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The Hunt for Gollum: Jackson & Serkis return


Techwright

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Summary:  Warner Brothers, now owners of the rights to Middle Earth stories (though not The Silmarillion) have announced that Andy Serkis, Peter Jackson, Phillipa Boyens, and Fran Walsh are returning to Middle Earth to produce a new film:  The Hunt for Gollum.  Weta has been mentioned, so perhaps their props and art departments will be involved. It is speculated that the film may release December 2026, the 25th anniversary of The Return of the King

 

This presumably is a film expanding on Tolkien's writings talking about a massive hunt by Aragorn and the Rangers (should be a band name), and Gandalf at times, to track the movements of Gollum.  If you want a summary of that hunt, and the events that occurred during it, see the second video "the complete travels of Aragorn", which I've set to 12:39, the start of the events.  It's discussion will end at 15:24.

 

Aragorn's hunt for Gollum actually takes place during the early events of The Fellowship of the Ring.  The movie compresses the timeline, but in the book there are many years between Bilbo's disappearance at his 111 birthday party, and Gandalf's return to the Shire to test the Ring in fire.  Frodo in the book is actually in his mid-50s when setting out for Rivendell.  It will be interesting to see if this movie aligns with the timeline of the books and appendices, or if it will try to align with Jackson's previous movies, despite those being made by New Line Cinema, rather than Warner Brothers.

 

From the book path for Aragorn during this period, there are strong hints about the characters that might appear in this new film.  Lothlorian, the land of Galadriel and Celeborne, the Realm of the Woodland elves (and therefore Legolas and his dad Thranduil), Rivendell (suggesting Arwen, her twin brothers, and her dad Elron), even Bree Town and the Prancing Pony Inn (suggesting innkeeper Barliman Butterbur) could appear in this film.  The path also crosses Beorn the skinchanger's territory, and while Beorn is, we believe, passed on by this time, his descendants, including his son Grimbeorn, another werebear, definitely occupy the area.

 

I am cautiously optimistic.  The problems that came with the Hobbit movie trilogy largely stemmed from demands of a New Line Cinema executive, and with the franchise now moving to Warner Brothers, Jackson may have more clout to keep the tale closer to Tolkien's intent.  Even so, Tolkien's writings will need to be greatly fleshed out to make a complete movie.  So long as the ridiculous demands of executives stay at bay, I've hopes for a decent film.

 

 

 

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Cautiously optimistic.  I'm loving that WB is giving Amazon a huge middle finger for their abysmal steaming pile "The Rings of Power".  I like that Jackson and co. are involved, but I do agree and share your concern about studio meddling in this one.  As I recall, and granted I could be wrong as I read it a while ago, the whole story about the hunt for Gollum was condensed to a paragraph or two in the Council of Elrond.  That seems like very little to stretch into a whole movie and you know the studio will want to make this a trilogy.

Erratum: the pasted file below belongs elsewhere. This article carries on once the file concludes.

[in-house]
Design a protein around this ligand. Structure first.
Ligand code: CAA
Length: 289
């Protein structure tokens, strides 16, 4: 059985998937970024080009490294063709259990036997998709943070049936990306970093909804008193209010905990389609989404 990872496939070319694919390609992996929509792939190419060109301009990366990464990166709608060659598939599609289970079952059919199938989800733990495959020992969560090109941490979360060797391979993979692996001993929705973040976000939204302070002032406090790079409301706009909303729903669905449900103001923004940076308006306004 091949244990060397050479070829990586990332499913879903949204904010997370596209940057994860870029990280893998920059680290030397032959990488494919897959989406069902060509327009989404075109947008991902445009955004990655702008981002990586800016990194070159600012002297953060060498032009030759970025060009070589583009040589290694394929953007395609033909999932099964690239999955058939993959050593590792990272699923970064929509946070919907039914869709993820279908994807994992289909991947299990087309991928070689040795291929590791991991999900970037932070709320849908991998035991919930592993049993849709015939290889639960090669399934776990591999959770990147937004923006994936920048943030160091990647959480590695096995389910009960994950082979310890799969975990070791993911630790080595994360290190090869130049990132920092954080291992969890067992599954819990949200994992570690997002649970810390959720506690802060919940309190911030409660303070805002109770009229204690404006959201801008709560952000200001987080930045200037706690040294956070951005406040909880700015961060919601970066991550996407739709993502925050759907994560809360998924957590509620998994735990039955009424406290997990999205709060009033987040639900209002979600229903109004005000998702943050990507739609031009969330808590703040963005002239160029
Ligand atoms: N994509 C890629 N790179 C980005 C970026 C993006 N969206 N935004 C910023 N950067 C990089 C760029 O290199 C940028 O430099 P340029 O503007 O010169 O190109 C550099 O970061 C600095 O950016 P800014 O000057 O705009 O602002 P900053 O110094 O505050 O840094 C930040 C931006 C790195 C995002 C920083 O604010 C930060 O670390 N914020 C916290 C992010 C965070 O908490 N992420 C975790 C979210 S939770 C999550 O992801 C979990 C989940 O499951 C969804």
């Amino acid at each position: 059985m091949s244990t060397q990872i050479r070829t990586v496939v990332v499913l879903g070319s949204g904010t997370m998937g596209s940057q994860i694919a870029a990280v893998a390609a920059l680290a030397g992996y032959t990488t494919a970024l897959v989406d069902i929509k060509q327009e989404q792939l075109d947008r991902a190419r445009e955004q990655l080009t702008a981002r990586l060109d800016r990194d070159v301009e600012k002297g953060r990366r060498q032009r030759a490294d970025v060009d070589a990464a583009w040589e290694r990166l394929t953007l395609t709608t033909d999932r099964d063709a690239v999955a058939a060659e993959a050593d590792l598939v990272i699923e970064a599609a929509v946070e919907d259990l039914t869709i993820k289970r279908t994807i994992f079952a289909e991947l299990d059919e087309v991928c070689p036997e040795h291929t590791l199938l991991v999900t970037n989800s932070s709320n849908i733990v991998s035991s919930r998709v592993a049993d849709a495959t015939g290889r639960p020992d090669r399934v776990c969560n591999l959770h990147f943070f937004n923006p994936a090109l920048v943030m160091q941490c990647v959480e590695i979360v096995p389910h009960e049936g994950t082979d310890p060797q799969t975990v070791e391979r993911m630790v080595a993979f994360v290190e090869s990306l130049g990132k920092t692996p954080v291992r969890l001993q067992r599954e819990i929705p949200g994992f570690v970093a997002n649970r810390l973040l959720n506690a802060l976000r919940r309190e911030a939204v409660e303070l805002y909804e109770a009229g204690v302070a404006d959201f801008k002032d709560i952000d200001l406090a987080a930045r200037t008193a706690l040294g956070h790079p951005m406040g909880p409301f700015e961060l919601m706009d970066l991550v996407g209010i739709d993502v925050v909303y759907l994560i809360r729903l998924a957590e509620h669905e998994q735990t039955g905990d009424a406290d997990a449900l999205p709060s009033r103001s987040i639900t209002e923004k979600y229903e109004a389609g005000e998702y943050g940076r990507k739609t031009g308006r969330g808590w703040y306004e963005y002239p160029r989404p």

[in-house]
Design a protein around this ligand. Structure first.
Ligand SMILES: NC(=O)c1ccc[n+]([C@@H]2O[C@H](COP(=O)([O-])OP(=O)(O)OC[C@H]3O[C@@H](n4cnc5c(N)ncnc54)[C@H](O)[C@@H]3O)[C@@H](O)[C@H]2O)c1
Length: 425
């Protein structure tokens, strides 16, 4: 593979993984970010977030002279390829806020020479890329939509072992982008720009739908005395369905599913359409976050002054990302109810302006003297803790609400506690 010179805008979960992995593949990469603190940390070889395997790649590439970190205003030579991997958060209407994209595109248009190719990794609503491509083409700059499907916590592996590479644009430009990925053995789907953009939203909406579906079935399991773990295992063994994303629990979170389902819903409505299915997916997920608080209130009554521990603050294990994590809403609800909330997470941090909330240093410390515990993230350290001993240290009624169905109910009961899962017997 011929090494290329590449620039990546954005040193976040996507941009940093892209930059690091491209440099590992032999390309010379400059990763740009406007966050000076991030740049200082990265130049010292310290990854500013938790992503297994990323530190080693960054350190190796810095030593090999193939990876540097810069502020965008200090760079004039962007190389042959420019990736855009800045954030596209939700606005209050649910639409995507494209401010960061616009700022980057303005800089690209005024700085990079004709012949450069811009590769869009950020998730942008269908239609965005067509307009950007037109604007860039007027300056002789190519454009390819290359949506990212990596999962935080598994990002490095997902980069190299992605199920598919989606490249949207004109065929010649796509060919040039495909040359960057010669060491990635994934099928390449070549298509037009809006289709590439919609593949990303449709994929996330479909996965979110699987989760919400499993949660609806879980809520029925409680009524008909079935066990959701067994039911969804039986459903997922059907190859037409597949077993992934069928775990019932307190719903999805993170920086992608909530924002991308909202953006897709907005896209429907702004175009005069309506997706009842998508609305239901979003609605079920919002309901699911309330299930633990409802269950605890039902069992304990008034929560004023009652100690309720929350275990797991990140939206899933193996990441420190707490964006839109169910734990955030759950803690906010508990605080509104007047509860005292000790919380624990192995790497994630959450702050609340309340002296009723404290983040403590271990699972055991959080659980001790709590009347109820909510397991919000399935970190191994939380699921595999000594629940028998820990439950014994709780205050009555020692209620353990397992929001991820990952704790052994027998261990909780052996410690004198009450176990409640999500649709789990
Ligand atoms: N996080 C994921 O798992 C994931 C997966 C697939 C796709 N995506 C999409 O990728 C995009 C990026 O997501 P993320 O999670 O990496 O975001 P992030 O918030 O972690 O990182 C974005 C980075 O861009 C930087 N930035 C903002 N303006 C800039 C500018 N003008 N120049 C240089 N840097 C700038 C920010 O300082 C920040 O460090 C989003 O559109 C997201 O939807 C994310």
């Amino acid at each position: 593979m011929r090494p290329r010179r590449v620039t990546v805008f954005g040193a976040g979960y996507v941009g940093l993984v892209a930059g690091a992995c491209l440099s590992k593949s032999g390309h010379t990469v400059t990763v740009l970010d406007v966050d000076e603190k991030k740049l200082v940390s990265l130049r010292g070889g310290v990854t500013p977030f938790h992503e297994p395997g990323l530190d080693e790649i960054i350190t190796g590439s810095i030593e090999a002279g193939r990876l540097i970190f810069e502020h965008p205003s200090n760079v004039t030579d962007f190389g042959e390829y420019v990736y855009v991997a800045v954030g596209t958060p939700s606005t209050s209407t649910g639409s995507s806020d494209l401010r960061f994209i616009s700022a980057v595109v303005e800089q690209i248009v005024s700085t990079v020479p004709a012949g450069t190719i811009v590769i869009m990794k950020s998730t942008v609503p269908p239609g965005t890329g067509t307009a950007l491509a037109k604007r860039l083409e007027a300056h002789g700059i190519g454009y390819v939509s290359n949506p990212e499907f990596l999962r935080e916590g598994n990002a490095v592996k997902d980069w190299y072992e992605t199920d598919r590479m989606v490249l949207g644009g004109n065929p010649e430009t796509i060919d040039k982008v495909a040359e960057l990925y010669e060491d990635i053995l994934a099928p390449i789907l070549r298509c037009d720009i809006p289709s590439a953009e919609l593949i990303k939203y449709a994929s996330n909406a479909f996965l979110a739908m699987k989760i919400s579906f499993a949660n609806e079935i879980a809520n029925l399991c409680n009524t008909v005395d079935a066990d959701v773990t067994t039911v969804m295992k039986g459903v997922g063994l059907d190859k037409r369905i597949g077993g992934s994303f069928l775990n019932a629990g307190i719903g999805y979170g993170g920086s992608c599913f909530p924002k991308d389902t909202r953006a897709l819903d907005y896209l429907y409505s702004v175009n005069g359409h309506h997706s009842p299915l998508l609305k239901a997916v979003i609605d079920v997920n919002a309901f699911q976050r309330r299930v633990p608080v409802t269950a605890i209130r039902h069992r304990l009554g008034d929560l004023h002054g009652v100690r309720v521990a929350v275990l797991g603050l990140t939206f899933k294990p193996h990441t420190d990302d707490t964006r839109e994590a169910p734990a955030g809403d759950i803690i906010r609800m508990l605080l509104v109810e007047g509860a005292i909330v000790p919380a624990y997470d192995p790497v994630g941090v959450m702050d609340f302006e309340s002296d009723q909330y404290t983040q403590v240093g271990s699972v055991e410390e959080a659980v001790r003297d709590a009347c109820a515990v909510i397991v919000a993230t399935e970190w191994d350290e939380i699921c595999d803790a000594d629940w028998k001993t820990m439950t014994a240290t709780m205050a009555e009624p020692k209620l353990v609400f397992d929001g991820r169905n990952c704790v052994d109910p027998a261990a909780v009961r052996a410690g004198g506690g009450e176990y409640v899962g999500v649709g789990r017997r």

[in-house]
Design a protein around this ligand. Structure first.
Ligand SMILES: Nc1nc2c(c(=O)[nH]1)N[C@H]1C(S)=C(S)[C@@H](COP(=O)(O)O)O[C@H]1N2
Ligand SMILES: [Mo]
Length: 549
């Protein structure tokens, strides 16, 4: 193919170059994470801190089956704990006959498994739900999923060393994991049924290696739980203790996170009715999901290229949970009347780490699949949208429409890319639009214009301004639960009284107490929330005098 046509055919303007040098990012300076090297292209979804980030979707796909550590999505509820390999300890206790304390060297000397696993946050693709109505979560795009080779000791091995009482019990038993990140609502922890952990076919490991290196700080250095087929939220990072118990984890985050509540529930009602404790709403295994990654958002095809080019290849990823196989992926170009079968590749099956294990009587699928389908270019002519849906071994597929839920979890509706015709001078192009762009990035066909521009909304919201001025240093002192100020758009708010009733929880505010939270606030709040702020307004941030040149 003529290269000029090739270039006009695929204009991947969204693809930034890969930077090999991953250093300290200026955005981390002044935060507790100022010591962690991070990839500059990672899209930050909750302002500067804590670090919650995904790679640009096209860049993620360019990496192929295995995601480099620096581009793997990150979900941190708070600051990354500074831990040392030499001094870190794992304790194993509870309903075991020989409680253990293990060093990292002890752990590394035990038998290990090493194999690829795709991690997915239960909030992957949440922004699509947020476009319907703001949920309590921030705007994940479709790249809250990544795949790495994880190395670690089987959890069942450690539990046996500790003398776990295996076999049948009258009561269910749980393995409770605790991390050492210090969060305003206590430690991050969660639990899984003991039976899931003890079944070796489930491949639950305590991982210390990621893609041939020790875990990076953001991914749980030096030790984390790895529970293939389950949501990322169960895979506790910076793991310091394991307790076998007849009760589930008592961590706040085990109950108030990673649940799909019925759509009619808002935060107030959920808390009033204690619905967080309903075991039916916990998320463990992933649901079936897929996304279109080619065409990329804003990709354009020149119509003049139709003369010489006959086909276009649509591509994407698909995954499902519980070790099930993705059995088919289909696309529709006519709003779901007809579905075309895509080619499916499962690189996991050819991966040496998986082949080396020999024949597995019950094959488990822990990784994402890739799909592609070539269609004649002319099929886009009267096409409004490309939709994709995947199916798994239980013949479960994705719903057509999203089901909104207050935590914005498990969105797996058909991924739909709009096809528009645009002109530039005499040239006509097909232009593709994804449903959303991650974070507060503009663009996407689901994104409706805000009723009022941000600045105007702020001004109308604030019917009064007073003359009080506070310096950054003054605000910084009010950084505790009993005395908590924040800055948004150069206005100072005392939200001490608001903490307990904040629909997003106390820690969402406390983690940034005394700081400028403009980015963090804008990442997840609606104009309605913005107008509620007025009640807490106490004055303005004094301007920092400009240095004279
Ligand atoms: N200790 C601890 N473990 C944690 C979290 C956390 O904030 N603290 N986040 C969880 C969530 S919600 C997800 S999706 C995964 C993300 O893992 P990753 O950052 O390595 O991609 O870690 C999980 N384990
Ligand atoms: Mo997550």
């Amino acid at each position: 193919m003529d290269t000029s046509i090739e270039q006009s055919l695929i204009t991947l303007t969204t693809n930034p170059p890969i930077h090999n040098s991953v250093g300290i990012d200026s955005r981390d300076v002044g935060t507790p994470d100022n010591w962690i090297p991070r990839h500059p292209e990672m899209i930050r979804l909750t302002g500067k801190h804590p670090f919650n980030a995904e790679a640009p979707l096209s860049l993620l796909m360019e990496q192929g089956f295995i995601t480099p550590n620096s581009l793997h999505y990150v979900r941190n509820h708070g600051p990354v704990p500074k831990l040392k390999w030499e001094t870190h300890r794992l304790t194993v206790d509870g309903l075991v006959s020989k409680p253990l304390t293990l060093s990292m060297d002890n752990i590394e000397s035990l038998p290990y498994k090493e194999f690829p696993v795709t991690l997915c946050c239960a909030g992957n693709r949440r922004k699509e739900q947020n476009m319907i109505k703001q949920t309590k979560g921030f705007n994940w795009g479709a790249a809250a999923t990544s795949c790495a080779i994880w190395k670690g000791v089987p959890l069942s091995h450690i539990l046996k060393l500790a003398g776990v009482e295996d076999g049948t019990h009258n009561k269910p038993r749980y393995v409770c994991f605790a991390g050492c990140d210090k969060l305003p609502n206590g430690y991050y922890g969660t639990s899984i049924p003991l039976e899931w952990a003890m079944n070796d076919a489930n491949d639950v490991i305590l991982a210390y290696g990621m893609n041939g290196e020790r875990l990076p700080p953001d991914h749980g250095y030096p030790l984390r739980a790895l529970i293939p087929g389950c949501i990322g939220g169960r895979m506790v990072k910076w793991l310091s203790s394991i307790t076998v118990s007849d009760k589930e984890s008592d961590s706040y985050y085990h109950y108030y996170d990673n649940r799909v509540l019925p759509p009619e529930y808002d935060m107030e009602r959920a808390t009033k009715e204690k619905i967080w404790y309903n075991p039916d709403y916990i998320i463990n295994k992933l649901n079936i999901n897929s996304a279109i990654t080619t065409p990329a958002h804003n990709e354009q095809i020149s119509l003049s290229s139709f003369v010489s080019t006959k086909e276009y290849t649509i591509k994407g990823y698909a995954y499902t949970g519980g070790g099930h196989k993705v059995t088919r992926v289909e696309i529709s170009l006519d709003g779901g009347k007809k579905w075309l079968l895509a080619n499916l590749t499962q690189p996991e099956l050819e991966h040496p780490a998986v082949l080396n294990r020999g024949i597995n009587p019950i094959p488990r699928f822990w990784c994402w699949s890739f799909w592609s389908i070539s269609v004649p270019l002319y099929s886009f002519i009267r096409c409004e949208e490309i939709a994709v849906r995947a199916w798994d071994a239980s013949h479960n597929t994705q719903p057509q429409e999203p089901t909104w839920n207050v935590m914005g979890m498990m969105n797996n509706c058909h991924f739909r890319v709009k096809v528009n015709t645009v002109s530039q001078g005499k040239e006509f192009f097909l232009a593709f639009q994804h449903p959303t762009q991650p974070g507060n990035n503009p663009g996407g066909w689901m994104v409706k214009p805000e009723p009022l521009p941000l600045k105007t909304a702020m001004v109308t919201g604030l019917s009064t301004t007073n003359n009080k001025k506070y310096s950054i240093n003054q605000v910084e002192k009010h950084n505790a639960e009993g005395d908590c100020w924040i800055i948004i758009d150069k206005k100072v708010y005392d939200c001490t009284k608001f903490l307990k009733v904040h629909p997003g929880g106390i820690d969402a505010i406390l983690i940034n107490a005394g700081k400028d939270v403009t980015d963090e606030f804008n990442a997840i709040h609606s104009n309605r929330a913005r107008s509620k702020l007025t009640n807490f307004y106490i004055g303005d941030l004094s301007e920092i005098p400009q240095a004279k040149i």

Will be kind of hard to tie into the LoTR trilogy too given the wildly different timeframes you mentioned.  Overall, looking forward to this. 

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23 hours ago, Excraft said:

 As I recall, and granted I could be wrong as I read it a while ago, the whole story about the hunt for Gollum was condensed to a paragraph or two in the Council of Elrond.  That seems like very little to stretch into a whole movie and you know the studio will want to make this a trilogy.

 

I suspect Peter Jackson would nix the idea of a trilogy.  Lessons learned from the Hobbit trilogy.  He might, however, agree to do a trio of movies on individual topics.  The lore is rich, even without the Silmarillion in WB's fold, and adaptations of something like The Children of Huron, the fall of Numinor, or the staggeringly huge conflicts of the First Age might appeal to Jackson.

 

I do believe you're correct about there being very little written in the LotR books.  However,  it was mentioned that there was more in the appendices, and Tolkien appendices are prodigious at times.  I've personally not read the appendices work(s) regarding this topic, so I'm not certain how much is there.  Even if it is a short story in size, that still leaves a lot of room for interpretation to fill in.  It's also important to note that Tolkien as he worked out Middle Earth often had conflicting viewpoints on material not in the published books, such as the origin of orcs/goblins.  As a result, we have written materials recording his considerations.  That too, leaves room for interpretation, and I'm unsure if the material regarding this topic fits in that category.

 

 

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